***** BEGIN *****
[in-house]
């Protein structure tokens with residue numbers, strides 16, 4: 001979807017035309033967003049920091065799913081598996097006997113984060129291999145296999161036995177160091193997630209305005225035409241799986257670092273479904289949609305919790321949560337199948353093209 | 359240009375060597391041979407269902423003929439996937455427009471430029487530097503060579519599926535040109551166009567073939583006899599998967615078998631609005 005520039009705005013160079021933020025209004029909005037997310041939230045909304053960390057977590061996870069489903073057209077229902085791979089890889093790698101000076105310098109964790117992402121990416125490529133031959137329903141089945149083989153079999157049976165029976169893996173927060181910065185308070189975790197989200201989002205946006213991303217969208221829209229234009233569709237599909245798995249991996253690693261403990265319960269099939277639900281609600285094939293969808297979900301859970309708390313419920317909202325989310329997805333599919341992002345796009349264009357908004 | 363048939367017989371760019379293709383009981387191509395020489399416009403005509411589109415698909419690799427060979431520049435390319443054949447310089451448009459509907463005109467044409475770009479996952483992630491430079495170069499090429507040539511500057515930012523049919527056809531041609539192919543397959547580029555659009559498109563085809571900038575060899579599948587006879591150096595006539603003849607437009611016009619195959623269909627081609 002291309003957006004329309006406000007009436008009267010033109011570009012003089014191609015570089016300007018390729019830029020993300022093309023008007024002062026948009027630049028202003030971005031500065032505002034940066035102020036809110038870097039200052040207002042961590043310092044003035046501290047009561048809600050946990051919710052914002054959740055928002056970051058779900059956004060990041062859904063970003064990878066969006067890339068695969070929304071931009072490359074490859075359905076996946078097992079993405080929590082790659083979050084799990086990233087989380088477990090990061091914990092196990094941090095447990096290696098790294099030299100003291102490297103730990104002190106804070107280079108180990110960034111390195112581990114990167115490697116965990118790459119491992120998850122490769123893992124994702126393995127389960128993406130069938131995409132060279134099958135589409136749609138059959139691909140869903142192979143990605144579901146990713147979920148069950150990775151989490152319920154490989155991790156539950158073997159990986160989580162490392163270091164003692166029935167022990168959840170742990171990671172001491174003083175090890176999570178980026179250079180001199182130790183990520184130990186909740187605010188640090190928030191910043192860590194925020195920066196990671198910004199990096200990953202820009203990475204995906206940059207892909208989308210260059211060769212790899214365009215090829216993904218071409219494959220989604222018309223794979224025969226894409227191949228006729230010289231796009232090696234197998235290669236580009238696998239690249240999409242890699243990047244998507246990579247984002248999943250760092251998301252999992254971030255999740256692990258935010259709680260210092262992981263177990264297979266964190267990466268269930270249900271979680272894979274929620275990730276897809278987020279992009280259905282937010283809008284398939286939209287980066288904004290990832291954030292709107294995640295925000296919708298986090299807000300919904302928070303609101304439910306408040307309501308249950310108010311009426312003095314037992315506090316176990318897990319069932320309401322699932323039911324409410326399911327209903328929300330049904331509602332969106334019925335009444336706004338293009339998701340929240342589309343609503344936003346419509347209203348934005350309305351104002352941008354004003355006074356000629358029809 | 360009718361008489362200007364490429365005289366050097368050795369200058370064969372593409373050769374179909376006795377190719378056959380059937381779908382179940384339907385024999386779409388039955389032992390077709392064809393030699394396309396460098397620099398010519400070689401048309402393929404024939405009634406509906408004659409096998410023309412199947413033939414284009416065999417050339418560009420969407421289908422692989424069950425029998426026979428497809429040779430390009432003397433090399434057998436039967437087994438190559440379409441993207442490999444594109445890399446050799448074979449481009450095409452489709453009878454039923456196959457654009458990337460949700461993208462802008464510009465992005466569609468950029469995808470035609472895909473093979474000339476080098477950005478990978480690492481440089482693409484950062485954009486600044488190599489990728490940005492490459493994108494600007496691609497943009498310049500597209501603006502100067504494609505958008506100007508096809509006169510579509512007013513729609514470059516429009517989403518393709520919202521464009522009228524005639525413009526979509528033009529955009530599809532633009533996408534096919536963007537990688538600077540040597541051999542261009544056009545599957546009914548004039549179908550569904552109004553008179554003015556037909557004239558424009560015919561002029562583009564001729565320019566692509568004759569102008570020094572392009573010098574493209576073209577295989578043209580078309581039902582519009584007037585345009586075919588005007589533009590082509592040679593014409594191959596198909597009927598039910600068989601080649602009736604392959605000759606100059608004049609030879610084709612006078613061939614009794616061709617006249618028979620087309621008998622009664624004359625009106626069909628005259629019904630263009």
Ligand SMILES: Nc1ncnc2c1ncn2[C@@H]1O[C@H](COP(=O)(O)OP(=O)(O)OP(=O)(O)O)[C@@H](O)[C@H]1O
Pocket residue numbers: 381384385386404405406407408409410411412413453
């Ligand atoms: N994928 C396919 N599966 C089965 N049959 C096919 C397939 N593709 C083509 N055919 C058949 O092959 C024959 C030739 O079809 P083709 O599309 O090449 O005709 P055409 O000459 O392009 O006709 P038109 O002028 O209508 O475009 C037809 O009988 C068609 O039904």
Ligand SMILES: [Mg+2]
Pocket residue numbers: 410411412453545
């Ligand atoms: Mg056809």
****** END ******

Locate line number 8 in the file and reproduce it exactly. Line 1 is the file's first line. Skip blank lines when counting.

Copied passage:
């Ligand atoms: Mg056809």